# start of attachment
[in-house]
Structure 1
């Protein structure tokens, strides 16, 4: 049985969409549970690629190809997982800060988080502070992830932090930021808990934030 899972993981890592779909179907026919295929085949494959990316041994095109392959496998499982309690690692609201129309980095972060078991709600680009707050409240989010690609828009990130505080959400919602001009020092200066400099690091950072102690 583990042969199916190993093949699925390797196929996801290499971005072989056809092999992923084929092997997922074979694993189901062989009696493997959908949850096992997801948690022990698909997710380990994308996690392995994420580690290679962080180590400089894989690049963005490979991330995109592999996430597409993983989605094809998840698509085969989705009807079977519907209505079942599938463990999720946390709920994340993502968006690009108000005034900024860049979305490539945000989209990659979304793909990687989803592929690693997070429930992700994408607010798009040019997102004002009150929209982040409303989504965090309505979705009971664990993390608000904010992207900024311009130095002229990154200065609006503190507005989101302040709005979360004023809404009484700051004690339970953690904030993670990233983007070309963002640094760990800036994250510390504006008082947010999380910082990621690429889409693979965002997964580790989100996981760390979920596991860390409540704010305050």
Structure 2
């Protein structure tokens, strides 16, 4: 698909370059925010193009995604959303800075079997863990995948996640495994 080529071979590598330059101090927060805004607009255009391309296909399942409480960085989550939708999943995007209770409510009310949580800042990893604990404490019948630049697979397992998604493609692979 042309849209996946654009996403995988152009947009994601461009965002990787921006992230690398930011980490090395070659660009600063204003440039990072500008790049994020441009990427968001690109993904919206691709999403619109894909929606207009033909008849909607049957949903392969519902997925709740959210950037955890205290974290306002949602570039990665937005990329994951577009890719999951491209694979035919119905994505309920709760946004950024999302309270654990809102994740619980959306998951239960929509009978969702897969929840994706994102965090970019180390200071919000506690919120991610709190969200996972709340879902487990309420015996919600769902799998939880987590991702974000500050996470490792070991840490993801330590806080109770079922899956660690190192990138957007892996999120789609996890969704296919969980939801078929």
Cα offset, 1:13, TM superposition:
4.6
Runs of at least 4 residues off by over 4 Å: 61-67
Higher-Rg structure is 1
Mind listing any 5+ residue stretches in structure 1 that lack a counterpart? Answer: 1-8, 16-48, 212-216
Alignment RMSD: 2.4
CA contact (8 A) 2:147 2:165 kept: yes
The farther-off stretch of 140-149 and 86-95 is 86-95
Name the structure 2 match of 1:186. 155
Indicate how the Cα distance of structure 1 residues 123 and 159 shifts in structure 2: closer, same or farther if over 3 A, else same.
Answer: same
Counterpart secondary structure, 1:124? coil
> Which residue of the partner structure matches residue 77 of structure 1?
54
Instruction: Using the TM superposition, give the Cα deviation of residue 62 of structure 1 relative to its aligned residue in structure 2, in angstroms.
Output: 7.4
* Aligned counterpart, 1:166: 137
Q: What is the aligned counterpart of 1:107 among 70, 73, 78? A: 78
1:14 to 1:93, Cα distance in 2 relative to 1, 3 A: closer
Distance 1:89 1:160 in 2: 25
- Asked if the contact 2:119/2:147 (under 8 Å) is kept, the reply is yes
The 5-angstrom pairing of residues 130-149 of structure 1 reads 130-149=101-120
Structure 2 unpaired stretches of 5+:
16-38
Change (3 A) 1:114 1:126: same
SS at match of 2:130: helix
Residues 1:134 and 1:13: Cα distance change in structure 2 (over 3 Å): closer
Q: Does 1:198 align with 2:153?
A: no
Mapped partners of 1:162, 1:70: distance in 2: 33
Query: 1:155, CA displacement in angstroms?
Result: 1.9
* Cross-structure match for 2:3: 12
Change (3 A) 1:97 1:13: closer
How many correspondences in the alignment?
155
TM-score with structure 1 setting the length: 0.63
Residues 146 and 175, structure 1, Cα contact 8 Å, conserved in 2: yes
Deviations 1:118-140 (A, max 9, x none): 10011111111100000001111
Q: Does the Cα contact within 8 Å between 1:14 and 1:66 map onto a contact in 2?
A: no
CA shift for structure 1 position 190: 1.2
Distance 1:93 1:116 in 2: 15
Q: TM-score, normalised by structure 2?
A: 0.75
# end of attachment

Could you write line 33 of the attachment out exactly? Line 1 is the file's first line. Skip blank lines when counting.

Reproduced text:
Q: Does 1:198 align with 2:153?